Waterville Cable Station • 1884 – 1962
Click on each Trail Map Ref below for a Google map of the plaque’s location, from where you can get driving or walking directions
Monument to Waterville’s Cable History • 1884 – 1962
Standing on Waterville’s promenade this monument commemorates the Commercial Cable Company’s Waterville Station, which played a pivotal role in the growth of global telecommunications, bringing about real competition and reasonable prices by taking on the price-fixing monopoly.
This is an ideal starting point for a walking tour of Waterville’s cable sites, approximately 5km/1 hour 40 minutes at a leisurely pace (short version 1.6km/40 minutes).
Parking also at WV2, 3, 4 and 11.
Transatlantic Cable Landing Site
Location of the (still buried) shore ends of Commercial Cable Company’s first transatlantic cables and subsequent cables to the United Kingdom and Continent, where fine views of Ballinskelligs Bay are to be seen. Occasionally cables may be exposed and seen on the beach.
“The Giant Cable” Inny Strand • 1923
Waterville’s renowned sandy beach was the landing site for some of the Commercial Cable Company’s later cables, including the “Giant Cable” of 1923. Waterville cable station employees were instrumental in the formation of a 9-hole golf links from which Waterville Golf Links championship course evolved.
The Skellig Coast Heritage Gallery • 1968
The 146 illustrated information panels in this outdoor gallery include panels on the story of Iveragh’s Atlantic Telegraph Cables. The panels are mounted on 120 massive slabs of slate, which were quarried and transported from Valentia Island slate quarry.
Waterville Cable Station Entrance
As the European terminus for the Commercial Cable Company transatlantic cables, Waterville cable station grew to be one of the largest cable stations in the world, sending and receiving vast numbers of messages globally. From here you can stroll around the Victorian-era planned development, which combined offices and support buildings with on-site bachelor accommodations, family homes, shop and sports amenities.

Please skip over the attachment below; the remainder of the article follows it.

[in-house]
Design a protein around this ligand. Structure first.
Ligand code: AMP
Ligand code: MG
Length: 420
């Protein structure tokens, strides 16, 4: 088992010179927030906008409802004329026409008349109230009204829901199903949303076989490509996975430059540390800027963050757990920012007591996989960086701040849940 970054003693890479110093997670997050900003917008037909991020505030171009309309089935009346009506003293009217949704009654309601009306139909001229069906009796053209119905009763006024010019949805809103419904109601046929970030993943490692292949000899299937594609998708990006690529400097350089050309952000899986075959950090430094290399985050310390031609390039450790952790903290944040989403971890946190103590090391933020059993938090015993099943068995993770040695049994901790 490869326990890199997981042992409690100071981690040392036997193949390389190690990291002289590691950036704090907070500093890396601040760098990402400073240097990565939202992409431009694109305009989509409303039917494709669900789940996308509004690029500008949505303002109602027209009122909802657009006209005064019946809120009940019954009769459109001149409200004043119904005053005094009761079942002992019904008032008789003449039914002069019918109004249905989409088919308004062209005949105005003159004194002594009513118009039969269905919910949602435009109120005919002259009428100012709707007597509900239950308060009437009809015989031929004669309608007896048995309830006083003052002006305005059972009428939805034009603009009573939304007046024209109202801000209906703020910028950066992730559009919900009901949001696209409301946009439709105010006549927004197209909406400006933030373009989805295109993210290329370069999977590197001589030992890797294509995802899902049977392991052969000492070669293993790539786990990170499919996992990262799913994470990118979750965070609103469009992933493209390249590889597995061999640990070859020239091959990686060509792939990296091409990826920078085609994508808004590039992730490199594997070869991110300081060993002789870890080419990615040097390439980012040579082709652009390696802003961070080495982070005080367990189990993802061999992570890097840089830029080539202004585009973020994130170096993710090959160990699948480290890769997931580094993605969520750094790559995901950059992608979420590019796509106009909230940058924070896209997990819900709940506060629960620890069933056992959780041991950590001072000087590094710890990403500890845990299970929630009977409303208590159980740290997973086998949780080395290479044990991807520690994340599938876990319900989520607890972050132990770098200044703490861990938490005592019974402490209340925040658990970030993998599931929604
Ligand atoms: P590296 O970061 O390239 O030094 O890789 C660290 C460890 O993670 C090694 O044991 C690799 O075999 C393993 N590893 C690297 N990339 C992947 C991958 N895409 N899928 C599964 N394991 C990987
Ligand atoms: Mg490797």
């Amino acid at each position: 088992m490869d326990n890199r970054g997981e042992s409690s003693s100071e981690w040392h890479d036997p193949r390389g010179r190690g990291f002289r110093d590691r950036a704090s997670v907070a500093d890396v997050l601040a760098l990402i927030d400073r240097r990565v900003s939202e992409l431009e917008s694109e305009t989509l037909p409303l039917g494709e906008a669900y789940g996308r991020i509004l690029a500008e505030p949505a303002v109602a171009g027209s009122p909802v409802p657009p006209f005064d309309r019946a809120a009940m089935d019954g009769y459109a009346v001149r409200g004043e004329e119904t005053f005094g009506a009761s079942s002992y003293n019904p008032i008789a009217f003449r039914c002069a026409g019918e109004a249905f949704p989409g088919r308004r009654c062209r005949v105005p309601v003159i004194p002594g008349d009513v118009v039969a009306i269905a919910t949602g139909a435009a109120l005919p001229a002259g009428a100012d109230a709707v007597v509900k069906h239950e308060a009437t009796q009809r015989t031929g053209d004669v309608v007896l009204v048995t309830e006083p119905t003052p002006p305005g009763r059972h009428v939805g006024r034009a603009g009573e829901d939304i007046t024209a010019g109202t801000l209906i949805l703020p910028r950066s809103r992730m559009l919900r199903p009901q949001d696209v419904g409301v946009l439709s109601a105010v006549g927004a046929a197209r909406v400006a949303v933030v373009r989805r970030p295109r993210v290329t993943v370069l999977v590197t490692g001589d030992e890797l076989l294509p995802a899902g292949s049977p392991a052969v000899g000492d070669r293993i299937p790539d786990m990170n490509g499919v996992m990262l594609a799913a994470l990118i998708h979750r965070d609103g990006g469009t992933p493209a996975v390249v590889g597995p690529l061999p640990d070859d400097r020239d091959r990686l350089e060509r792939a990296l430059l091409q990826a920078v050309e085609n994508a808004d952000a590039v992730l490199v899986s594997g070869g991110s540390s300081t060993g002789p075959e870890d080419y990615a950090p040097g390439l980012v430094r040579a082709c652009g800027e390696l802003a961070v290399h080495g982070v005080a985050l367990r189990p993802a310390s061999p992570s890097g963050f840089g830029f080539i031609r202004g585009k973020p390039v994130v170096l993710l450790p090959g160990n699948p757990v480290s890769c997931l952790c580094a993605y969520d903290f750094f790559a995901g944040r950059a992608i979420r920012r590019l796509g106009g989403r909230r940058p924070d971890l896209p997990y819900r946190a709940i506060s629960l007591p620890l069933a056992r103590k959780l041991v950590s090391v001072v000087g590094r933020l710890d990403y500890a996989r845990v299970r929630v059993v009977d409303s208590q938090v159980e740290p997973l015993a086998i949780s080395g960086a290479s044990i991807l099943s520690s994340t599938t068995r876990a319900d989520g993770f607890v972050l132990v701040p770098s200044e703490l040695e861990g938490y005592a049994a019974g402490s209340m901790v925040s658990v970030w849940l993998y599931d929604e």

Commercial Cable Company Water Tower
One of two water towers, this had a rooftop storage tank, and the company’s fire engine was housed on the ground floor. The second tower, a wooden structure located near WV8, was demolished in the 1950s. This plinth relates the fascinating story of the German World War II detainees.
New Office • 1899 - 1964
This limestone building, designed by renowned Irish architect J. F. Fuller F.S.A., housed the offices of the Commercial Cable Company from 1899, when they were transferred from Iveragh Lodge (WV8). Walk a short distance, veering past Iveragh Terrace, the first family homes of the cable station, noting the cable decoration around windows and doors and the former sports fields, on the way to WV8.
Iveragh Lodge, Commercial Cable Company's First Offices
Iveragh Lodge, built in 1858 as a shooting lodge, was later purchased to serve as the original Commercial Cable Company’s Waterville offices and Superintendent’s residence. On the completion of WV7 Iveragh Lodge remained as the Superintendent’s residence until 1964. Life in Iveragh Lodge is recorded in the Superintendent’s Correspondence log – which features in “The Story of Waterville Cable Station” exhibition (WV11).
Latitude & Longitude Stone
Lost for over three decades, this stone was originally erected in the 1890s and commemorates Waterville station’s collaboration with Greenwich Observatory and McGill University to determine the longitude of Montreal (1892). For the story of this endeavour and its significance see “The Story of Waterville Cable Station” exhibition (WV11).
Commercial Cable Company Original Entrance
This was the original entrance to Waterville’s cable station. As the cable station expanded additional entrances were constructed, and this was modified to a pedestrian right of way. The Institute of Electrical and Electronics Engineers “Electrical Engineering Milestone” plaque (2000) is located at the lower entrance on the way to WV11.
“The Story of Waterville Cable Station” Exhibition at Tech Amergin
Discover Waterville’s transatlantic cable station history from the 1880s through war times and political unrest to the 1960s: includes original equipment, artefacts and a fascinating photo archive.
For opening times contact: Tech Amergin +353 66 9478956 or email email@example.com